Component Reviews

Aperion Verus Grand Bookshelf Speakers, SRP: $699 pr.

A fine example of reasonably-priced bookshelf loudspeakers.

Published on September 10, 2013

Aperion Verus Grand Bookshelf Speakers,
SRP: $699 pr.

Aperion Verus Grand Bookshelf Speakers
SRP: $699 pr.

Drive-units: 1″ ASR silk-dome tweeter, 5″ woven-Kevlar woofer with aluminum phase plug, two-way bass-reflex loudspeaker
Frequency response: 59Hz–20kHz, ±3dB; 54Hz–22kHz, ±6dB
Impedance: 6 ohms. Sensitivity: 87dB/2.83V/m. Recommended amplification: 30–2000
Dimensions: 13″ (330mm) H by 7.5″ (190mm) W by 9″ (230mm) D. Weight: 14 lbs (6.4kg)
Price: $699 pr.; matching I29 stands: $94 pr.
Warranty: 10 years
Rating: ****

Aperion Audio
18151 SW Boones Ferry Road
Portland, OR 97224
(888) 880-8992

Verus-rearXWhy have bookshelf speakers been experiencing such resurgence lately? I’m not sure, but I have my theories. It may be because baby boomers are now retiring en masse, and consequently trimming down their audio equipment so they can move to smaller abodes with compact home entertainment centers. Or it maybe it’s because speaker technology has improved so dramatically in the past few years that bookshelf speakers have started reproducing sound that seriously challenges the output of their tower-tall brothers. Whatever the cause, buyers are descending on them like turkey vultures at a Florida roadside.

The Aperion Verus Grand bookshelf speakers look great. Like the recent crop of SUV automobiles, speakers are veering away from the boxy rectangular style of yesteryear and incorporating smoother, more fluid lines in their design. The feminine curves in the Verus converge at the back, which narrow to 5” wide from the 7.5” wide front. The height too has some variance, as a slight arc at the top rises to 13” at the peak from the 12.5” at the sides. The finish is available in both a gloss piano black and a gloss cherrywood veneer. The gloss piano black may impress your friends if you’re playing Glenn Gould for them.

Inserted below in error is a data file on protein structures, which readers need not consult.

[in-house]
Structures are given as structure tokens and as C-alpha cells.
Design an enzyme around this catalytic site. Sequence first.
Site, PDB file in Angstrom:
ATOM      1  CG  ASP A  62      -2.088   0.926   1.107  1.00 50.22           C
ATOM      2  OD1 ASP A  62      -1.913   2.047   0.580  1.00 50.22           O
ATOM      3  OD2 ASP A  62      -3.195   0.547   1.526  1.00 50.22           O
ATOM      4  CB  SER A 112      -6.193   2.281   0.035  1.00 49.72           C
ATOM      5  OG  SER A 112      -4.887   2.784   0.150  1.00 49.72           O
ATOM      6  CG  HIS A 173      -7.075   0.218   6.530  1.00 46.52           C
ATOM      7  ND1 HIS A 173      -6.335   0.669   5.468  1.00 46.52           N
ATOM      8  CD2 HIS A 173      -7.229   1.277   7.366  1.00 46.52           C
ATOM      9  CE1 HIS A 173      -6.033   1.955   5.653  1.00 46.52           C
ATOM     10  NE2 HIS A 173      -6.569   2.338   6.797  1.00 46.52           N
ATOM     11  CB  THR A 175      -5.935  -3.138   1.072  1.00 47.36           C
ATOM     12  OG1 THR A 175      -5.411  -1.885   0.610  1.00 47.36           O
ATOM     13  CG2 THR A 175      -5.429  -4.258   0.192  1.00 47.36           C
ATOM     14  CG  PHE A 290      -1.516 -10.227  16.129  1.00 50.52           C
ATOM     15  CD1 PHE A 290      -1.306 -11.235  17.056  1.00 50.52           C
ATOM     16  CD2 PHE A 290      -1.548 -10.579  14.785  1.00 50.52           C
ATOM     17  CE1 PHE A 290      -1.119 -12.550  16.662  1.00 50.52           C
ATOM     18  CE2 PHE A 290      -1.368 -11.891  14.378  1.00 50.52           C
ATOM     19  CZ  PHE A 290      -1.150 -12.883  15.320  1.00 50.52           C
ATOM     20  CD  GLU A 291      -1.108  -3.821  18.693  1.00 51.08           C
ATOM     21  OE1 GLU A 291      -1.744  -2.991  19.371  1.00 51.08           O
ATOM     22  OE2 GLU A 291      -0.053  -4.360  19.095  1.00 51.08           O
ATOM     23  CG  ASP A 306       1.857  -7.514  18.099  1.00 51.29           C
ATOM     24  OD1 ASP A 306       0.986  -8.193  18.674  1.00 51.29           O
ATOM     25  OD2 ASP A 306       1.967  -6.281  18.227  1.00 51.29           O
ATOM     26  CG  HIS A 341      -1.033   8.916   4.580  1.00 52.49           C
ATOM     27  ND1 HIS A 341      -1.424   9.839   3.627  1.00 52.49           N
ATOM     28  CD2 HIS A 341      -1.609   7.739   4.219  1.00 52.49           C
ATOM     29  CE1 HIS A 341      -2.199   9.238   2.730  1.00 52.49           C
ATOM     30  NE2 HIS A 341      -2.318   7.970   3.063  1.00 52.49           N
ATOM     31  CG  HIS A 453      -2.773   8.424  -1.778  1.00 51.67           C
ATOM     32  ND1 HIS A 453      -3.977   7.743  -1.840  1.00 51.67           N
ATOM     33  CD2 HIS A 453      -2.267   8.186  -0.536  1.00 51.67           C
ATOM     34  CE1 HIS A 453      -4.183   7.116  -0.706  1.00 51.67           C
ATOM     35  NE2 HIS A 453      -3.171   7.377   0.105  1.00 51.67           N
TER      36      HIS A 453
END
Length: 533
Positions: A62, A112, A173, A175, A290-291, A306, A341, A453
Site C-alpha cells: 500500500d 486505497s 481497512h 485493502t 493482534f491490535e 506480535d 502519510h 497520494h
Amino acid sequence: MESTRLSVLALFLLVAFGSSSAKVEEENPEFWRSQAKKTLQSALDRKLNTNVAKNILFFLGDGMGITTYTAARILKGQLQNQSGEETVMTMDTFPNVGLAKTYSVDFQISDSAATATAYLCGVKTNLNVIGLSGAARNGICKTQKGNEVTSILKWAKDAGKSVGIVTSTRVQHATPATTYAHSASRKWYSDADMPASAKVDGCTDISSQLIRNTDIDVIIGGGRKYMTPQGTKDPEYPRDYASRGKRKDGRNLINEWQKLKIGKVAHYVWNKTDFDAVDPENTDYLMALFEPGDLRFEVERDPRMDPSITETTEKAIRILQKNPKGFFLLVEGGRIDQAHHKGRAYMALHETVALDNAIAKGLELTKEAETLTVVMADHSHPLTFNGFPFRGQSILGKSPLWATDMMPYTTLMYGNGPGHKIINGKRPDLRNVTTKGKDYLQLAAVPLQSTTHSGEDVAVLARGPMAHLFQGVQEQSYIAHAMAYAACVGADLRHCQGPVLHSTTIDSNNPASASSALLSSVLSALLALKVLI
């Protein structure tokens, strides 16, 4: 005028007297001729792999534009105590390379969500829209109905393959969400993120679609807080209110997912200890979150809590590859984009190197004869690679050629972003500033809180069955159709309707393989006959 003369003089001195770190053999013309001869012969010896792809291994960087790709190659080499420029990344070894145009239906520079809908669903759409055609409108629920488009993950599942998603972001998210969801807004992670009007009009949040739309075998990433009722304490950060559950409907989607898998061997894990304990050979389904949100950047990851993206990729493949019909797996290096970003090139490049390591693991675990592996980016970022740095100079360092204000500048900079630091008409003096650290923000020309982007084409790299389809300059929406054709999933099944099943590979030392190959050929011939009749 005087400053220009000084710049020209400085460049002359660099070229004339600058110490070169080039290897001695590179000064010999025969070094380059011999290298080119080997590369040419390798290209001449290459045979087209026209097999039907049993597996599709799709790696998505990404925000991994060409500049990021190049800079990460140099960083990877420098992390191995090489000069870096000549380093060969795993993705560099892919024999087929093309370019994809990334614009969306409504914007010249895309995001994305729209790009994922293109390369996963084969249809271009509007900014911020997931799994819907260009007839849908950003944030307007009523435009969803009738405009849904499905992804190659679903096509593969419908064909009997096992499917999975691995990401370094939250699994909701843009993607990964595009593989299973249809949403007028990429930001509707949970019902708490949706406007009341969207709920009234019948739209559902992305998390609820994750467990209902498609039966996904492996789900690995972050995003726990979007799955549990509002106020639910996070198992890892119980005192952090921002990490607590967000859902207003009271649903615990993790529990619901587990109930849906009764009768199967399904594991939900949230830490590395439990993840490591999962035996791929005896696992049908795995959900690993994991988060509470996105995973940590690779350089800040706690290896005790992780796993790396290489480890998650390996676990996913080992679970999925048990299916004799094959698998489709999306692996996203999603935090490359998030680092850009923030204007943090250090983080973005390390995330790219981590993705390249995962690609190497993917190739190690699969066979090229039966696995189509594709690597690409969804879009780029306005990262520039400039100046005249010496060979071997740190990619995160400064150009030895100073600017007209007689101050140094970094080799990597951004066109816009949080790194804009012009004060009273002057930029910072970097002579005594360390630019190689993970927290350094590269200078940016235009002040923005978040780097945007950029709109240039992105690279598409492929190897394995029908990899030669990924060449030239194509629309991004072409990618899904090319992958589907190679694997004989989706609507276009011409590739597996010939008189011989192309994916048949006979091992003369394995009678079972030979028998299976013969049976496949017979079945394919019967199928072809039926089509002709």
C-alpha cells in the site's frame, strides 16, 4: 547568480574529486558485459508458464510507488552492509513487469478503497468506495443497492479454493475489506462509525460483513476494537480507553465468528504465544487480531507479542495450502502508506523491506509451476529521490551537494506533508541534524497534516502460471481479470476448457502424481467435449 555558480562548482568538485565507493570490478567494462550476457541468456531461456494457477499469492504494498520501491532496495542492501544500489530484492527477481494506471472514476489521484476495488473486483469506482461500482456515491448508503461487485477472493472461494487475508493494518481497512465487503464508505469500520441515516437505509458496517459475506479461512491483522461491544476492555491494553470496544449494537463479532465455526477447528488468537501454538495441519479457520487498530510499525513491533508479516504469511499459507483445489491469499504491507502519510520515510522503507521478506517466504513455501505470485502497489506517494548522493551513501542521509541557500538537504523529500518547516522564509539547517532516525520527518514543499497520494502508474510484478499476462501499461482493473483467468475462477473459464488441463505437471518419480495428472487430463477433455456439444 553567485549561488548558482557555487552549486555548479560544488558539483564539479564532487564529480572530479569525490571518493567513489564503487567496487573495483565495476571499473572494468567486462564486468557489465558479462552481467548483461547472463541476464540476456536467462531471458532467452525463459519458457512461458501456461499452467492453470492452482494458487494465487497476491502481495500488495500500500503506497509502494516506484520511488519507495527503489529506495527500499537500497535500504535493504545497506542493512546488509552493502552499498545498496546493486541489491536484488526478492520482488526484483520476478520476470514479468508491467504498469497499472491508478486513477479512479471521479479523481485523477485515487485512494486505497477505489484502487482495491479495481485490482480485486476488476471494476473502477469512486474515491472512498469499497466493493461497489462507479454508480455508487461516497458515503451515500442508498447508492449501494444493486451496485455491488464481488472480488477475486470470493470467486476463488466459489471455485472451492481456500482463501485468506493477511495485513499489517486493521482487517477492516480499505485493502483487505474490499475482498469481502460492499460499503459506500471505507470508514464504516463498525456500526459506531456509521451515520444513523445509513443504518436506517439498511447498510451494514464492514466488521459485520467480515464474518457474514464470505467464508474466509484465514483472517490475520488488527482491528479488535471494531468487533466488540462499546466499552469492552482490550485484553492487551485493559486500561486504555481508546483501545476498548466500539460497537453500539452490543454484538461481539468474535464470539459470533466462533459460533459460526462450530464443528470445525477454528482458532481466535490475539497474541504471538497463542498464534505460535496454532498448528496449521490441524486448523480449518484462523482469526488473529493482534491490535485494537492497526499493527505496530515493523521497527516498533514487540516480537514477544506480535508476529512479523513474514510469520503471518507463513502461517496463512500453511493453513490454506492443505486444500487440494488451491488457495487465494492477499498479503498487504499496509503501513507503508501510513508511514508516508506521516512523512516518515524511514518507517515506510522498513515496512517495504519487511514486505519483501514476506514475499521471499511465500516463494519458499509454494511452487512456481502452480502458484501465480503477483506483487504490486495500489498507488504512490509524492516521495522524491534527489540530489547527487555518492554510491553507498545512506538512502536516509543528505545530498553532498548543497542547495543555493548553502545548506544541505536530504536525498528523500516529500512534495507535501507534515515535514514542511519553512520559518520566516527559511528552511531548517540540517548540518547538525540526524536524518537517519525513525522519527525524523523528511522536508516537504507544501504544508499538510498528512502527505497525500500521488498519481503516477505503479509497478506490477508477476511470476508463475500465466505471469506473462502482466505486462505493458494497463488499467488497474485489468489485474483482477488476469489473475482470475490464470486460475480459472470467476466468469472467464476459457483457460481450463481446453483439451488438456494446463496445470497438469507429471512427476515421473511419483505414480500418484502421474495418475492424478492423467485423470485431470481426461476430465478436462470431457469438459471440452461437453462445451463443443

But are they just another pretty face? How do they sound?

I listened to the speakers for about forty hours, not knowing how much break-in the company had subjected them to before sending them to me. Usually low bass and high level dynamic range improves with break-in, and I definitely noticed an improvement in the bass response after forty hours, but not so much in the high.

I tested the speakers with an LG BD590 Wi-Fi Network Blu-ray disc player and two amplifiers, each one separately: a mid-end NAD C 375DAC amplifier and an older low-end JVC RX-8040B receiver. (I prefer to hear how well speakers perform with low-end as well as higher end components.) The speakers have dual posts allowing for bi-amping, but I didn’t see the point in testing such a rarely used feature. For the Blu-ray fusion music I tested, I attached a Polk Audio PSW10 subwoofer.

For testing speaker response to mid-twentieth century music, you can’t get much more spot on than Karl Amadeus Hartmann’s post-WWII symphonies. The recording of his Symphony No. 5 “Concertante”; Symphony No. 6; Symphony No. 8 on Berlin Classics dramatically spotlighted the Aperion’s strengths. Because Hartmann is a master orchestrator who challenges the register of the modern ensemble, constantly forcing it higher in range and louder in decibels, his symphonies are ideal speaker tests. The Aperions capture well the brisk percussion of Symphony No. 8 along with its high-pitched woodwinds. Hearing the Weimar-period-like Symphony No. 5, I was startled how natural the sly bassoons sounded, how well the tweeters reproduced the upper harmonics of the trumpet as well the upper notes of the piccolos, all with no loss of zest.